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Redwood Sequoia sempervirens


A soft, red coastal tree, Sequoia sempervirens, found within 30 miles of the Pacific coast in northern California and southern Oregon. Redwoods are the tallest living trees and soome are more than 2000 years old. The redwood tree produces of lightweight, spongy wood that has a straight grain. The strong, durable wood is used for bridges, boxes, lumber, shingles, siding, fencing, and decking. Natural tannin dyes in the wood tend to cause brown stains in paint films. Redwood is resistant to decay and insect attack. It significantly expands and contracts with changes in humidity. Peak lumbering years were 1910-1930.

Redwood (Sequoia sempervirens)

Synonyms and Related Terms

Sequoia sempervirens; sequoia pine; California redwood; humbolt redwood; rødtræ (Dan.); Küstenmammutbaum (Deut.); secuoya (Esp.); séquoia à feuilles d'if (Fr.); séquoia toujours vert (Fr.); sequoia (It.); kustmammoetboom (Ned.); sequóia (Port.); Amerikansk sekvoja (Sven.)

Other Properties

Tree height reaching to 112 m with truck diameter of 7m. Bark = thick, deeply furrowed, and resistant to fire and fungus. Leaves= needles (15-25 mm). Cones=ovoid (15-32 mm long) with spirally arranged scales.

Specific gravity = 0.37-0.38.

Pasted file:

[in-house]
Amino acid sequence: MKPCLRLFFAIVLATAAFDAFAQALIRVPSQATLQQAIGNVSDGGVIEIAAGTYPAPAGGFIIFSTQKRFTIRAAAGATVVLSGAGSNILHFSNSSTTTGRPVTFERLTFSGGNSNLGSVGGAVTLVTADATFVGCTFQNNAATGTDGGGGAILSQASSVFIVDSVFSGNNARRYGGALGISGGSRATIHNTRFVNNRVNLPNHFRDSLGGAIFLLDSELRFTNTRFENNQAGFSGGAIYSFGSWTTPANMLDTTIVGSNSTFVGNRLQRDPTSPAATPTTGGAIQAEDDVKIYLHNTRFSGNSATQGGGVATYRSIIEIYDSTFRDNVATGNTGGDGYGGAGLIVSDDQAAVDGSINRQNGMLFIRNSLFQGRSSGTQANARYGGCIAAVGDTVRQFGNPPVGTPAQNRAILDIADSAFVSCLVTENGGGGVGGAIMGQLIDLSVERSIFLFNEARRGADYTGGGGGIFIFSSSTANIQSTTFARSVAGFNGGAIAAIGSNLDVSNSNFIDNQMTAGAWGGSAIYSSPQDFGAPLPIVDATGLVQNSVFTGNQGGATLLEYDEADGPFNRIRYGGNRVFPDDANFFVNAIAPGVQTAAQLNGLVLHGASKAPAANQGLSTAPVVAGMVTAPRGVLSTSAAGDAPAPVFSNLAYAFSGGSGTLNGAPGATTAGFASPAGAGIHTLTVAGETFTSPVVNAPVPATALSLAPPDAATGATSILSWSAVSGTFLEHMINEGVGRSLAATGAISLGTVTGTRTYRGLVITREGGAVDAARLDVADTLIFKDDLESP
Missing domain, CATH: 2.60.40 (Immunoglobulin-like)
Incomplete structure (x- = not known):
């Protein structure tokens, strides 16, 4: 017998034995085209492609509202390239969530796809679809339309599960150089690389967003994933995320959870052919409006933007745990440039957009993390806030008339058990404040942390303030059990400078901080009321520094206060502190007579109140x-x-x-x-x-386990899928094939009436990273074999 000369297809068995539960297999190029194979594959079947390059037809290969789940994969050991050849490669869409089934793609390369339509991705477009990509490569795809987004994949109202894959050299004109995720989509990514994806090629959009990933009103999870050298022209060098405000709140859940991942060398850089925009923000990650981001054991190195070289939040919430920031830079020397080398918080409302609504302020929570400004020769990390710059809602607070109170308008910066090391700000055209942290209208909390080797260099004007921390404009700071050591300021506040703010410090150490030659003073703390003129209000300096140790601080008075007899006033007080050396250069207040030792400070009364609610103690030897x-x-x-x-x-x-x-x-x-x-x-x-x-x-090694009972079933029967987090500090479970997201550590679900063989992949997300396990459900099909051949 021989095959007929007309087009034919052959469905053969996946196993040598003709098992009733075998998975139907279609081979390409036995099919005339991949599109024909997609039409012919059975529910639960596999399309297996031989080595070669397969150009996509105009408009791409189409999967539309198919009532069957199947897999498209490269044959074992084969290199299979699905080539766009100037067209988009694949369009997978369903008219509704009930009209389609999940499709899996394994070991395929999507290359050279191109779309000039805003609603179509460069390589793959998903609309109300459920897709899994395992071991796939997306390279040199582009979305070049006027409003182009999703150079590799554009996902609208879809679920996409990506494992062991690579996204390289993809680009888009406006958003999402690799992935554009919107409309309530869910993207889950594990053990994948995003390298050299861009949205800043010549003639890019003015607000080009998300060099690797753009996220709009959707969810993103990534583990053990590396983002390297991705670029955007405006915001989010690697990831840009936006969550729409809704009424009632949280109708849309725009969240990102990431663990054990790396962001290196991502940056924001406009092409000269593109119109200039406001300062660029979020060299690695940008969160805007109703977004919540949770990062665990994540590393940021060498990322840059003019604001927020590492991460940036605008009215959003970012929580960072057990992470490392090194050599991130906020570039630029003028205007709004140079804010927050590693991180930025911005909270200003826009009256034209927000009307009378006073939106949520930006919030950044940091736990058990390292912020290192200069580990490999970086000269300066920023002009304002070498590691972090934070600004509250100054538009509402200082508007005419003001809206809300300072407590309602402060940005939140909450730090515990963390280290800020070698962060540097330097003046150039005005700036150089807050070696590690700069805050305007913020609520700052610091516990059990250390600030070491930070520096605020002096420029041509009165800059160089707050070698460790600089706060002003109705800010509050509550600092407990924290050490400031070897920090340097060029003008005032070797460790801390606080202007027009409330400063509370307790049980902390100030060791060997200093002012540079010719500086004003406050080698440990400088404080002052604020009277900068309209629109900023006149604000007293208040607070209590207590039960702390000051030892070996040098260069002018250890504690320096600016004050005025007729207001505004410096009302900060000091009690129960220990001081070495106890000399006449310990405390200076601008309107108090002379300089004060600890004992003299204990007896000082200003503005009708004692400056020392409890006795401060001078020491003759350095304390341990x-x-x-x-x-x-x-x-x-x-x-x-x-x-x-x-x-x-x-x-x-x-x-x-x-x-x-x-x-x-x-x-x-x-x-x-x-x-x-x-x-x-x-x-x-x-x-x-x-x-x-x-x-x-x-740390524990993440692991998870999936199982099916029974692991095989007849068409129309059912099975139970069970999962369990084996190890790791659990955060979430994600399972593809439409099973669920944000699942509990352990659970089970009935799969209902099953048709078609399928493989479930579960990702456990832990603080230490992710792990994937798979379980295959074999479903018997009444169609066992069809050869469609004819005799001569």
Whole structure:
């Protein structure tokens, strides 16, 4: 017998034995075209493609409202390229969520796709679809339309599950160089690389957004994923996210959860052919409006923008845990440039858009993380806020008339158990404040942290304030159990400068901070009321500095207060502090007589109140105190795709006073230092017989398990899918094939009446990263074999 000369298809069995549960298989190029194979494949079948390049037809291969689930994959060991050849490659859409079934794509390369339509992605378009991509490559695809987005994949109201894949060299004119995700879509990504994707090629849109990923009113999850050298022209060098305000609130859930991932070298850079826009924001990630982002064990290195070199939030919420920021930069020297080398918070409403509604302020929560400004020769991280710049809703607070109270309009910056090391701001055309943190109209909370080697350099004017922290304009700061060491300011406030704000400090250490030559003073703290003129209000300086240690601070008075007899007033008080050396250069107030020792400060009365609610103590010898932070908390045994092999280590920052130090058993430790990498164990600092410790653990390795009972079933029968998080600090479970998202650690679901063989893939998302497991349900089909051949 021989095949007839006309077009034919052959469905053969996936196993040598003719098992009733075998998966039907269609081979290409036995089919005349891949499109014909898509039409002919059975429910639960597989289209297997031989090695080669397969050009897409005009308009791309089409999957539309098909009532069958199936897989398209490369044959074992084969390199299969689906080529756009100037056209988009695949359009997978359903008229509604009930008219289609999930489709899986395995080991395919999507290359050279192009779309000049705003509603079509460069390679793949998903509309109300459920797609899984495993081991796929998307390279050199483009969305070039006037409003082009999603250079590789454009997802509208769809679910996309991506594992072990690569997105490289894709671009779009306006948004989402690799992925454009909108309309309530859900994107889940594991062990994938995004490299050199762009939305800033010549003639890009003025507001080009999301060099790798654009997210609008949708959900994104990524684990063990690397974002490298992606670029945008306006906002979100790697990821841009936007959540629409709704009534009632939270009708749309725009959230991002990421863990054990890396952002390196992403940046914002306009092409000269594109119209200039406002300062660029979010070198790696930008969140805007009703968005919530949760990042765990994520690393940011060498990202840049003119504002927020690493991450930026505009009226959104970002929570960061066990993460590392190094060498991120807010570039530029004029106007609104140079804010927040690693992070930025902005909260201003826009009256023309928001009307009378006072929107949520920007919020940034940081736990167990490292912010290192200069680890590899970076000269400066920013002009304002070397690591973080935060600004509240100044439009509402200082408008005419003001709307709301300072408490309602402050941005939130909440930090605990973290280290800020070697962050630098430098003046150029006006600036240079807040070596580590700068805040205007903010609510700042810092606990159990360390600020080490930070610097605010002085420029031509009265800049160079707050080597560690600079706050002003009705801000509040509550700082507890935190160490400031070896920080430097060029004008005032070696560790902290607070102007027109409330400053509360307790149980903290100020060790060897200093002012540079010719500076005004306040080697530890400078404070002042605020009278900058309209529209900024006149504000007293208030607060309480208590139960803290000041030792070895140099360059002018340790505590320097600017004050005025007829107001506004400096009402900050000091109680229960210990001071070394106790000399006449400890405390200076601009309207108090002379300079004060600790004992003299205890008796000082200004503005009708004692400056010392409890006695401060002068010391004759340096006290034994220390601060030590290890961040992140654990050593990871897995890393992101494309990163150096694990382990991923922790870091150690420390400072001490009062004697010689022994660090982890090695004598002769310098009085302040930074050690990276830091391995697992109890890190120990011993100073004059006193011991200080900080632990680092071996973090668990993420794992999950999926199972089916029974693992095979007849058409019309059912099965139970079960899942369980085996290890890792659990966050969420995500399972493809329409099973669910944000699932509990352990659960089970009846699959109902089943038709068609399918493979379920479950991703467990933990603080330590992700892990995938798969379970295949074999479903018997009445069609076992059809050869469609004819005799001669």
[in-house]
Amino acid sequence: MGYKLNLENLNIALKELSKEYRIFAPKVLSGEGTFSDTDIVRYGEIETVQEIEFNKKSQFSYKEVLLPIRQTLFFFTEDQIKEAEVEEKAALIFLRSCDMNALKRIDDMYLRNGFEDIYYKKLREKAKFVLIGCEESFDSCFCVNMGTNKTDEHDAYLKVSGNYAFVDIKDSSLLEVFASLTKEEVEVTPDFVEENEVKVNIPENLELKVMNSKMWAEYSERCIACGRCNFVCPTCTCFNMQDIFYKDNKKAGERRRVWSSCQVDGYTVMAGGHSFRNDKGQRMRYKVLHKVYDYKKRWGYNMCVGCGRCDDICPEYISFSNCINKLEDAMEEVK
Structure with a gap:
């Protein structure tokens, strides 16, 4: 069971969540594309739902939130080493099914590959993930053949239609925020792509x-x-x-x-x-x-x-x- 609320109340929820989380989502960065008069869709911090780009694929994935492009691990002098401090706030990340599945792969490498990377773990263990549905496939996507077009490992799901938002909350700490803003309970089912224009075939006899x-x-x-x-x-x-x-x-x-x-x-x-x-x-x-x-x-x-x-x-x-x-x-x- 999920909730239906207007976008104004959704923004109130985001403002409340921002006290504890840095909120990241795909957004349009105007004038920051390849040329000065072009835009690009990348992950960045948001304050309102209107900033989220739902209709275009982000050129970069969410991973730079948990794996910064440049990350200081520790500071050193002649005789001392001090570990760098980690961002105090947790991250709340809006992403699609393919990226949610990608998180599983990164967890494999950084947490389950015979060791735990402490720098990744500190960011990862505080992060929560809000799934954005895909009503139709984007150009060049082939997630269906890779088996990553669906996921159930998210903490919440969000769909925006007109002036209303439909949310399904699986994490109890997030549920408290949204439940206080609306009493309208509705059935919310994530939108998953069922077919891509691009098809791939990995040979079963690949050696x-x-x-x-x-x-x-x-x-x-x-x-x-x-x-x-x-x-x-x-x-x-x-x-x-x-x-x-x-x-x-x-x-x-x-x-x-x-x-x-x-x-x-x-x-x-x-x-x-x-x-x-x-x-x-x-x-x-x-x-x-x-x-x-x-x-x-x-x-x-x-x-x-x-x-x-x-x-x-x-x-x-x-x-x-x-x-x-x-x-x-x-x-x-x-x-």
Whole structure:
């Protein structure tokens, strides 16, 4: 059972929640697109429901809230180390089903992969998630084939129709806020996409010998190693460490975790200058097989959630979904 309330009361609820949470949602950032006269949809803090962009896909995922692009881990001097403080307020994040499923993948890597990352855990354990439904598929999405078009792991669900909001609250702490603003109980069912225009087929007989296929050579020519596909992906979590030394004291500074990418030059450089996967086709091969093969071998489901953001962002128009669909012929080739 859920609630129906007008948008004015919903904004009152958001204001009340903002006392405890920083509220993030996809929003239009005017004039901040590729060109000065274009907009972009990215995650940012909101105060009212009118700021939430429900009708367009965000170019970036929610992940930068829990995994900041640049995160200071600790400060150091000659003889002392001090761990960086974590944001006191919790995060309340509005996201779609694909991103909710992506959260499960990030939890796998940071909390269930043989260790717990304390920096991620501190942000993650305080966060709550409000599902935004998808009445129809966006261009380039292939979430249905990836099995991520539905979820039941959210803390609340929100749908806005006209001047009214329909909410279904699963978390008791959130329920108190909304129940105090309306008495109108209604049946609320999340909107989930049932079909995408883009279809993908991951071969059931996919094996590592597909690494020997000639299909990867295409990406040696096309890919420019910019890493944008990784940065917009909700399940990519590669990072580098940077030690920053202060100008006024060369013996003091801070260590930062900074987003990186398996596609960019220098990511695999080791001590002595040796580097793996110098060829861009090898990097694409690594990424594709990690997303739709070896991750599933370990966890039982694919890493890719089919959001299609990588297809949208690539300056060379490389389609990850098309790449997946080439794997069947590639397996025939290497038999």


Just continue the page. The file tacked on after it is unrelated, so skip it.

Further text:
Density 28-50 ppcf

Paper fiber type: softwood. Using transmitted light microscopy, fibers are identified by the presence of large, uniform-sized taxodiod pits 3+ across. Fibers are wide. Appearance with Graff "C" stain: varies with pulping and bleaching. Average dimensions of fibers: length 7.0mm, width 60-65μm. Common pulping method: kraft and sulfite.

Additional Images


  • F. H. Titmuss, Commercial Timbers of the World, The Technical Press Ltd., London, 1965
  • External source or communication Comment: California Redwood Association, San Francisco, CA: air-dry weight = 30 pcf
  • G.S.Brady, Materials Handbook, McGraw-Hill Book Co., New York, 1971 Comment: p. 657
  • Michael McCann, Artist Beware, Watson-Guptill Publications, New York City, 1979
  • Dictionary of Building Preservation, Ward Bucher, ed., John Wiley & Sons, Inc., New York City, 1996
  • Edward Reich, Carlton J. Siegler, Consumer Goods: How to Know and Use Them, American Book Company, New York City, 1937
  • Marja-Sisko Ilvessalo-Pfäffli. Fiber Atlas: Identification of Papermaking Fibers (Springer Series in Wood Science). Springer, 1995.
  • Walter Rantanen. "Fiber ID Course." Integrated Paper Services. June 2013. Lecture.

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